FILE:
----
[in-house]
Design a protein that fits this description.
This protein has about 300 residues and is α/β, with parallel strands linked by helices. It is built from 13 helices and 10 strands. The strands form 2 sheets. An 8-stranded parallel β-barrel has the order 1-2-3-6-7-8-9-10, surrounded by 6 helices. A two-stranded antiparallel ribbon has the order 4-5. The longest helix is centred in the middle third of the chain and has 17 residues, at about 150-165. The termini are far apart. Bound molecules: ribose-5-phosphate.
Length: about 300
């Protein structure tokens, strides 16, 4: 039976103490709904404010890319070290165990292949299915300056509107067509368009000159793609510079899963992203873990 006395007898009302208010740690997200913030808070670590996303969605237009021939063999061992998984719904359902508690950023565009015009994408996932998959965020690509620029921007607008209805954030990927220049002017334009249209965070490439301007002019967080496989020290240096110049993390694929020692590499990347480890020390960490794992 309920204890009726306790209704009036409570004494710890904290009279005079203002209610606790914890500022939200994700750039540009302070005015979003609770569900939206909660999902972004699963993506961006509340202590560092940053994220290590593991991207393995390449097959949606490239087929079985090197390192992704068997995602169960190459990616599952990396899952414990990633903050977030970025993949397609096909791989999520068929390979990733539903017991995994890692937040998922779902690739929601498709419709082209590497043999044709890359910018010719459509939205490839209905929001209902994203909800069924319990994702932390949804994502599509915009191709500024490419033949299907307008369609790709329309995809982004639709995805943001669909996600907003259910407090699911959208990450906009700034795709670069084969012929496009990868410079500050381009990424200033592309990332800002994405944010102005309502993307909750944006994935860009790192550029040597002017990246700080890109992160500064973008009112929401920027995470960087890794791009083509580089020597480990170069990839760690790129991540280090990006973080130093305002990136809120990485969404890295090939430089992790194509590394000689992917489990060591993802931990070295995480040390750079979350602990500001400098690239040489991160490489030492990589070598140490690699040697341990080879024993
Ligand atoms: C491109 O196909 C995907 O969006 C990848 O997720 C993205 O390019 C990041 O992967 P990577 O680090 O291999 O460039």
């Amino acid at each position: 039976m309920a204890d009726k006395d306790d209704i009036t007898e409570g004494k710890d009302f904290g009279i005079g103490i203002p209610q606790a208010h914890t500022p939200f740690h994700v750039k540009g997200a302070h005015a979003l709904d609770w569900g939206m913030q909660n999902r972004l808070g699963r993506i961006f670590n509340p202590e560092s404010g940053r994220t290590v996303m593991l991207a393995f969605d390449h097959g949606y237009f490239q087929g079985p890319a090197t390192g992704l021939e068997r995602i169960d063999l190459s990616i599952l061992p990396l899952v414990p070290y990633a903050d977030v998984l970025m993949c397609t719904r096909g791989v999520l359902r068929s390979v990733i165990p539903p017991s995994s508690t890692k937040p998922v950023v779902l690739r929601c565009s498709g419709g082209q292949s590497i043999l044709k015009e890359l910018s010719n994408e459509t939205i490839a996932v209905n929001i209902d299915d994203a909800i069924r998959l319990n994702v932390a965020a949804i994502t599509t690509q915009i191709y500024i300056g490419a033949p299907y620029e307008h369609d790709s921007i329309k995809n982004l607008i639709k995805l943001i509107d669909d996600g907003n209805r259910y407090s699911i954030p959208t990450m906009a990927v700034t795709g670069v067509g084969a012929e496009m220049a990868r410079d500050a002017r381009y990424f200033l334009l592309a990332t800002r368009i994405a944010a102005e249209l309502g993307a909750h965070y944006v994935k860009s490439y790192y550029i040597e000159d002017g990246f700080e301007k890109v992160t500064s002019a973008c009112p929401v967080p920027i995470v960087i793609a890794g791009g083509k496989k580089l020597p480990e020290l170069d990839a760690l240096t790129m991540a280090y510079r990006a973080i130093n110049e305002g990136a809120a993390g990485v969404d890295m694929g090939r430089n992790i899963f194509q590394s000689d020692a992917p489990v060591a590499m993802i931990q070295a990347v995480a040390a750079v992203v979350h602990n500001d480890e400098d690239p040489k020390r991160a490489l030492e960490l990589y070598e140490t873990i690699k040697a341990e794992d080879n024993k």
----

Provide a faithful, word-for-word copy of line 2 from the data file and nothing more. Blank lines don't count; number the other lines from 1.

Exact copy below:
Design a protein that fits this description.